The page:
1. Organ preservation strategies, where in the entire organ affected by the cancer need not be removed, rather chemotherapy and or radiation is used to shrink the cancer and then a surgery to remove only the affected area is undertaken. This preserves the form and function of the organ and is now standard treatment for breast cancer - the entire breast need not be removed, only a small portion of the breast and the lymph glands in the armpit need be removed to ensure cure.

    2. Minimally invasive or 'keyhole surgery' where the radical cancer operation is undertaken through tiny incisions using special long instruments, with vision provided using a high definition camera on a device called the endoscope. This may take one of 2 forms - conventional laparoscopic surgery or robotic surgery. Robotic surgery is an advanced form of laparoscopy using a computer interface to improve the precision of the surgeon's movements to perform a radical operation, which is as radical as open surgery but more delicate and associated with a faster recovery for the patient.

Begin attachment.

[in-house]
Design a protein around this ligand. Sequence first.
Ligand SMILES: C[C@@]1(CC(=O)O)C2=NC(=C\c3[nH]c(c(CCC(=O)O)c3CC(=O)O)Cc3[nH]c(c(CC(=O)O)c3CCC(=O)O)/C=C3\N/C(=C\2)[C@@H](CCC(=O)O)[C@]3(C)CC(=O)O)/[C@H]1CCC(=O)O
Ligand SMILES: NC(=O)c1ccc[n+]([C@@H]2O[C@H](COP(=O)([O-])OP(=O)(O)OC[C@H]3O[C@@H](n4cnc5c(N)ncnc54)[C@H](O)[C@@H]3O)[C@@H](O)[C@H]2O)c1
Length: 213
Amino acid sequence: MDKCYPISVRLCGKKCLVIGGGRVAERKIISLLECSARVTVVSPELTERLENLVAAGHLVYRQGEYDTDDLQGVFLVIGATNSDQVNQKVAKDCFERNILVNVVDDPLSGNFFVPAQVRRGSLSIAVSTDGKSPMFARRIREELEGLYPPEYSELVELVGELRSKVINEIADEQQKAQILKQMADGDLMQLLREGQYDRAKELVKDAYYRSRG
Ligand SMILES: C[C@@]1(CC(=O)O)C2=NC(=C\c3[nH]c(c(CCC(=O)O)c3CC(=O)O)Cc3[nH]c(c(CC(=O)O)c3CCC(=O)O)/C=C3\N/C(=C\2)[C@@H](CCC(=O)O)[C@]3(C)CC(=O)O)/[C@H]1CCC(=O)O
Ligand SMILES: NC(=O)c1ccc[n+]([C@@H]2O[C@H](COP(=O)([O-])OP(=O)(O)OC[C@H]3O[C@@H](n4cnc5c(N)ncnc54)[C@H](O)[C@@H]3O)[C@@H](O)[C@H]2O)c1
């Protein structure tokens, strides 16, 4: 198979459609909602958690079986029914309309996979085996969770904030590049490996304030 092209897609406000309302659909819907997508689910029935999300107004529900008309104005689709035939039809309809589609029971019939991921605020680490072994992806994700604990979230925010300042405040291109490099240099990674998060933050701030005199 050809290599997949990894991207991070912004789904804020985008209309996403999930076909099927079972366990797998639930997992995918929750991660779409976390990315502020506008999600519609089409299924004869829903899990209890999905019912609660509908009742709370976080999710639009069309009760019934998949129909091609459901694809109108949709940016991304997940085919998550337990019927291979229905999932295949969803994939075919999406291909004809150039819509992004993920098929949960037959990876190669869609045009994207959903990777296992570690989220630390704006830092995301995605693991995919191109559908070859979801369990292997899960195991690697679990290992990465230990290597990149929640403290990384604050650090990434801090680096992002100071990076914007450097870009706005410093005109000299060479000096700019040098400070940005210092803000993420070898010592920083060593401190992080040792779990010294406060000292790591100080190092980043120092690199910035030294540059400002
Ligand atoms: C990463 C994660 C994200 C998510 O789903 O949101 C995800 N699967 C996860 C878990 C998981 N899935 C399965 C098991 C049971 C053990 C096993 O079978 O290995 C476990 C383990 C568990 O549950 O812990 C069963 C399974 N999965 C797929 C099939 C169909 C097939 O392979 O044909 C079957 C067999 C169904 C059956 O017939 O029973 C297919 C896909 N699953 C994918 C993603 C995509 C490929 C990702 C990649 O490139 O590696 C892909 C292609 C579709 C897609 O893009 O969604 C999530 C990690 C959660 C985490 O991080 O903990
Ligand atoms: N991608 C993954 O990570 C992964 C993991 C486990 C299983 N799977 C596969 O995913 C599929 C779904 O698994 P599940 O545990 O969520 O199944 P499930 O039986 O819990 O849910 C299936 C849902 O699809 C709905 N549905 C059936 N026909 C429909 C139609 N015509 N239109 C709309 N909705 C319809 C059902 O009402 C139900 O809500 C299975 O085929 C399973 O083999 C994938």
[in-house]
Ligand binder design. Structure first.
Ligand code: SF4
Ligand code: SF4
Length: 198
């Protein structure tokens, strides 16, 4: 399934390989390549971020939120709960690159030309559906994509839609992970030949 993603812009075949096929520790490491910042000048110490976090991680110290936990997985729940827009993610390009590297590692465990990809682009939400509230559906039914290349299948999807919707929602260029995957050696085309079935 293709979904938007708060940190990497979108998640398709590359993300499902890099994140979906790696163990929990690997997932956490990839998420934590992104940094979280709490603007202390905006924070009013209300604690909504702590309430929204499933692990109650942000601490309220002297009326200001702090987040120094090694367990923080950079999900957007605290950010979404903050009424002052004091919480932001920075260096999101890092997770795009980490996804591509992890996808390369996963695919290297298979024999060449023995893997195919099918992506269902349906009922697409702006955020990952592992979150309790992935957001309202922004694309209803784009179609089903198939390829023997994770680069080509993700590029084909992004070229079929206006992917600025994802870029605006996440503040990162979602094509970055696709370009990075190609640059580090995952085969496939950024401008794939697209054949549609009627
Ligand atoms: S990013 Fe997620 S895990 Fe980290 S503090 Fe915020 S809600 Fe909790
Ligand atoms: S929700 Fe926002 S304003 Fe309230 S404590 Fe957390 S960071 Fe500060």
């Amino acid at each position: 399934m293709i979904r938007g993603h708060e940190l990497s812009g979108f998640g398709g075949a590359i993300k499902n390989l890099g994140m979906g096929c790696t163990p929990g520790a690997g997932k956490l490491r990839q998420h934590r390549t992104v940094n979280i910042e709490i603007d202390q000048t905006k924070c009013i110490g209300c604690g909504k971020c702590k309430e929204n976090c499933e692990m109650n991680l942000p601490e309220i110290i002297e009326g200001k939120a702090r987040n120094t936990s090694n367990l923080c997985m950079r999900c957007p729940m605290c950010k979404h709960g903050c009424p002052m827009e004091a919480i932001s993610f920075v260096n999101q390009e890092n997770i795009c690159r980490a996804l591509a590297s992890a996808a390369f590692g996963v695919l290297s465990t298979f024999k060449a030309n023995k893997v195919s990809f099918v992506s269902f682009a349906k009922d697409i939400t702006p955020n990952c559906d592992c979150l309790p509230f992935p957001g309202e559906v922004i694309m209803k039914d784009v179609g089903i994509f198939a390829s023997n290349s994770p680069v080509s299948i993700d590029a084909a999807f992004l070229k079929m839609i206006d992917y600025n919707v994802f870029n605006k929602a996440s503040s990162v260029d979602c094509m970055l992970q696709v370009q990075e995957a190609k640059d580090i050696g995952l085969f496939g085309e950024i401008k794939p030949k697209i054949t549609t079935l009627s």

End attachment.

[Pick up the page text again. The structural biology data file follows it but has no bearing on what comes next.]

Chemotherapy :

    1. Modern chemotherapy is safe, effective and well tolerated. Recent advances include the use of special formulations which reduce the toxicity while retaining or enhancing the efficacy of these drugs, for example, by using nanoparticle coated formulations. The use of intra - arterial chemotherapy to directly inject the drugs at high concentration into a tumour [e.g. in liver cancers] or instillation into the abdominal cavity using a pump which heats and distributes the drugs within the cavity, destroying cancer cells, as can be performed for Ovarian cancer [HIPEC-Hyperthermic Intra PEritoneal Chemotherapy] are cutting edge developments we use in practice.